Werner Herzog on Fireball, his new film about the awe-inspiring power of meteors
The German director's 3rd collaboration with scientist Clive Oppenheimer premiered Thursday at TIFF
The renowned German director behind a new film about the creative and destructive power of meteors says he isn't losing sleep over the idea of space debris barrelling into Earth anytime soon.
"We should not plan and think and prepare ourselves for a big impact. Let's just live life in its fullest," Werner Herzog told The Current's Matt Galloway.
"If a sucker is coming in at us, we'll be transformed into star dust."
Herzog's latest film, Fireball: Visitors from Darker Worlds, takes viewers around the world as he and co-director and British scientist Clive Oppenheimer explore the connection meteors have to science, history and mythology.
Fireball, which is the pair's third film together, premiered at the 2020 Toronto International Film Festival on Thursday.
They speak to our destiny. Will another big impact in the future … cause another mass extinction?- Clive Oppenheimer, scientist and director
Oppenheimer said what is so intriguing about meteors is that they speak to our curiosity about the universe, and the creation and destruction of life.
"They speak to our destiny. Will another big impact in the future … cause another mass extinction?"
"It's this human fascination, as we've said, through time, for meteorites, for shooting stars. They've had meaning."
Studied throughout history
In the 19th century, Oppenheimer explained, there was talk about panspermia — the idea that organisms or seeds of life are distributed through meteorites.
"At the same time … an apocalyptic mood grew from the recognition that large rocks could fall from space."
More recently, he said, a protein was discovered in a meteorite that fell to Earth from space, and serious research continues into how this may have sparked life — or whether it means life exists elsewhere in the universe.
"There's a long tradition to this dialectic of creation and destruction," said Oppenheimer.
Meteorites also figure prominently in mythology and religion, Herzog said.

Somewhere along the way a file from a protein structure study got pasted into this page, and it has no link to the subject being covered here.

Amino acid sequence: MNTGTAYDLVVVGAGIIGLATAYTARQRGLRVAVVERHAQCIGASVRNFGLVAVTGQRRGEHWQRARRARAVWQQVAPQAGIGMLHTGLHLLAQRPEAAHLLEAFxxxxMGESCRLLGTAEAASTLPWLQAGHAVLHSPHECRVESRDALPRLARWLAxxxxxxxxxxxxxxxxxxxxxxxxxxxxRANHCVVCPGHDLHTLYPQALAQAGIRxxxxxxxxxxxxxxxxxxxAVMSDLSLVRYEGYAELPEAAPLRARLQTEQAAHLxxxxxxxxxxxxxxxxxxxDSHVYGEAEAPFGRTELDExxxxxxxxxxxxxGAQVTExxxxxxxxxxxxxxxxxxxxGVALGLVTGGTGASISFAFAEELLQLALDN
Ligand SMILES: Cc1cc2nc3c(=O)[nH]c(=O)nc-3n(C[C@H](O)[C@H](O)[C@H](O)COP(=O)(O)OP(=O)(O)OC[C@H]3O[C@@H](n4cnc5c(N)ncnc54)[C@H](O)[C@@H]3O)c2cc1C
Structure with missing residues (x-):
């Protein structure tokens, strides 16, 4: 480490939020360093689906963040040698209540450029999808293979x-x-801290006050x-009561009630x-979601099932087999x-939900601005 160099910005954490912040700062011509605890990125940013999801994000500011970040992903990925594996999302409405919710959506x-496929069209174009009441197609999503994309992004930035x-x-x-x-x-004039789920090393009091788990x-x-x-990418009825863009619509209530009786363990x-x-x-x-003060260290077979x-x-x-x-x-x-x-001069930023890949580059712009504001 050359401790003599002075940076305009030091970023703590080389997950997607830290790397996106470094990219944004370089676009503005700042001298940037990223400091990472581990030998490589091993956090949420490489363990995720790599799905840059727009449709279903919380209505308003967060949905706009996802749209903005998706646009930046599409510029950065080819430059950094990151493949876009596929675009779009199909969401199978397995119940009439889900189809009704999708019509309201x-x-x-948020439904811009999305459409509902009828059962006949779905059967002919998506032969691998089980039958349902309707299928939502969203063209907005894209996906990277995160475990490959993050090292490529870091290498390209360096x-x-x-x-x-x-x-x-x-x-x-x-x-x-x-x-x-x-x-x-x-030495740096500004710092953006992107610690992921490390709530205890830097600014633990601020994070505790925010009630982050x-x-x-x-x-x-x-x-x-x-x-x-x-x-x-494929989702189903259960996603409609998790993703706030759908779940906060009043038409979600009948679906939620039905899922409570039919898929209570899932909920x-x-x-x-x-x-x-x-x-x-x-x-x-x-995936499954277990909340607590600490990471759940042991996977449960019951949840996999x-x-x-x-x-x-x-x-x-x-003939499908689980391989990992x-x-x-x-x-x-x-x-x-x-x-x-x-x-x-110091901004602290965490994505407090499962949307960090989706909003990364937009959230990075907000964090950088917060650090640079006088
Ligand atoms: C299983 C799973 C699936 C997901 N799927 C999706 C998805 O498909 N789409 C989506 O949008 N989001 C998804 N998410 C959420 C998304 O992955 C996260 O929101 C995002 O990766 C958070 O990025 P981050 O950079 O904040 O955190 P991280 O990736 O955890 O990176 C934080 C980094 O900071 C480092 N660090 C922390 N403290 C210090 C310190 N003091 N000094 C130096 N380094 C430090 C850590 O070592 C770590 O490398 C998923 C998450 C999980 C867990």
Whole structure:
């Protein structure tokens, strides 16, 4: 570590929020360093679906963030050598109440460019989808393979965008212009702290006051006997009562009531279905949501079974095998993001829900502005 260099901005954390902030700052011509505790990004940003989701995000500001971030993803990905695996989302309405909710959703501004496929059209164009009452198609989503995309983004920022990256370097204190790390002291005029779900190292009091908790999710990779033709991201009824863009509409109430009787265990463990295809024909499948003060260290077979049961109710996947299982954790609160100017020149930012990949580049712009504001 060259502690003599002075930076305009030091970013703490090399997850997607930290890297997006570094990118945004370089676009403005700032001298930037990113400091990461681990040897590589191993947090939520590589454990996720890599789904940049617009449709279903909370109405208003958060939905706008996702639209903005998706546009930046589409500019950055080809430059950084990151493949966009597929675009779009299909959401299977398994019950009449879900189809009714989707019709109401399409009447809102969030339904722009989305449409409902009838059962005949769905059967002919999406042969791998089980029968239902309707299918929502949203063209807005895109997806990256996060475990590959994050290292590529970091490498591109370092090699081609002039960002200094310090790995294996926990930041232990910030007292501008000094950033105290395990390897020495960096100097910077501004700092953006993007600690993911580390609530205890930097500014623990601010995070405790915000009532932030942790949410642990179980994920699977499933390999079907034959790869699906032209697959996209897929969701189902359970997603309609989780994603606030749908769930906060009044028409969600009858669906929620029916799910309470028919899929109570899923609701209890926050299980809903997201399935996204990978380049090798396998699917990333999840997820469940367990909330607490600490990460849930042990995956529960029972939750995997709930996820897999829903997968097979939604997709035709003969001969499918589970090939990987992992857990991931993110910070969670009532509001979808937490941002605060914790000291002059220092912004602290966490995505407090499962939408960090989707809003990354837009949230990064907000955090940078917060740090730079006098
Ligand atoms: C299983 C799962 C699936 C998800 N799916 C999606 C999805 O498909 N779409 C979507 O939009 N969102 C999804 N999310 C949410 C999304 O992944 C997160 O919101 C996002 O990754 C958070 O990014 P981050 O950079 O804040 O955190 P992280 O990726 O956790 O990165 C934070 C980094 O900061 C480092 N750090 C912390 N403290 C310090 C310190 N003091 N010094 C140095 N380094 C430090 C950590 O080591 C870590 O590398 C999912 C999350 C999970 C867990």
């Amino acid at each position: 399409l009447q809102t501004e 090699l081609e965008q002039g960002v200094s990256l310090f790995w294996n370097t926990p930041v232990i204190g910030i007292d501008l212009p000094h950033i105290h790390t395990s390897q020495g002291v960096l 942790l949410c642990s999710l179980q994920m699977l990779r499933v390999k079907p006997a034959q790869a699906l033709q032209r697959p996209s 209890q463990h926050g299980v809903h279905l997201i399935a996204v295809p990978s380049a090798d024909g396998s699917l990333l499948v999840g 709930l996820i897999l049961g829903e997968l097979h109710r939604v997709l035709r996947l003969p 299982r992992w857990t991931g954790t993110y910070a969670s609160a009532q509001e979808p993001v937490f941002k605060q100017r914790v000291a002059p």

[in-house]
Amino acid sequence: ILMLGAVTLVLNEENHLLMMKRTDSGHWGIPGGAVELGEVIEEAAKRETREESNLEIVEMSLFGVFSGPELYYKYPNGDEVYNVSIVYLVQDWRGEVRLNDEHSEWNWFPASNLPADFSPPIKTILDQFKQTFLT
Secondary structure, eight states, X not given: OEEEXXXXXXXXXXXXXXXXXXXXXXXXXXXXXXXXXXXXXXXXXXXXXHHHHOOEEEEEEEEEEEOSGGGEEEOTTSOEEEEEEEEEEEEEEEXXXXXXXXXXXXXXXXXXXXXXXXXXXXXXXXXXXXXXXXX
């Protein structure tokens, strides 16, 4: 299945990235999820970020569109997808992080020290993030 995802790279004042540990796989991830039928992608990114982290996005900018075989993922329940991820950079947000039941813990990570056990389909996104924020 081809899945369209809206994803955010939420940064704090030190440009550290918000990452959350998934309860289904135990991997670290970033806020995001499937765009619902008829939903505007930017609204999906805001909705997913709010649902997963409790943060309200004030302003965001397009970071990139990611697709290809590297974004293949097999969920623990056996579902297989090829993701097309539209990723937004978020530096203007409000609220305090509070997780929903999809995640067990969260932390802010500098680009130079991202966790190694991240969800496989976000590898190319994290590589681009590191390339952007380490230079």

Fireball introduces viewers to people from the Torres Strait Islands, off the northern tip of Australia, who believe the souls of the departed ride on meteorites into the netherworld, he said.
And in the holy city of Mecca in Saudi Arabia, the Black Stone — believed to be a meteorite — holds great significance in Islam. Stories say it came from heaven and was given to Adam to place in the first Kaaba, however, it is not allowed to be studied scientifically for religious regions, Herzog said.
"It's a very fascinating sort of bouquet of events and mythologies and historical shifts that we have received and witness through meteorites."
'A feeling that's hard to describe'
Fireball isn't the first film to explore our sense of fear and wonder with meteors. Hollywood has tried to glamorize and create panic around meteors with movies like 1998's Deep Impact.
But what science and filmmaking share is a sense of awe and discovery, said Herzog — a feeling the directors captured in real time for Fireball when Oppenheimer discovered two meteorites for himself during filming in Antarctica.
"When you find a stone out there, it's a meteorite. It's not anywhere near where rocks are being eroded from the Earth's crust …. You go out there and you find a stone and you know it's come from space," Oppenheimer said of his "extraordinary" finding.
"You're touching the oldest relics from our solar system — more than four and a half billion years old. It's the oldest thing I've ever touched …. It's a feeling that's hard to describe."
Written by Kirsten Fenn. Produced by Julie Crysler.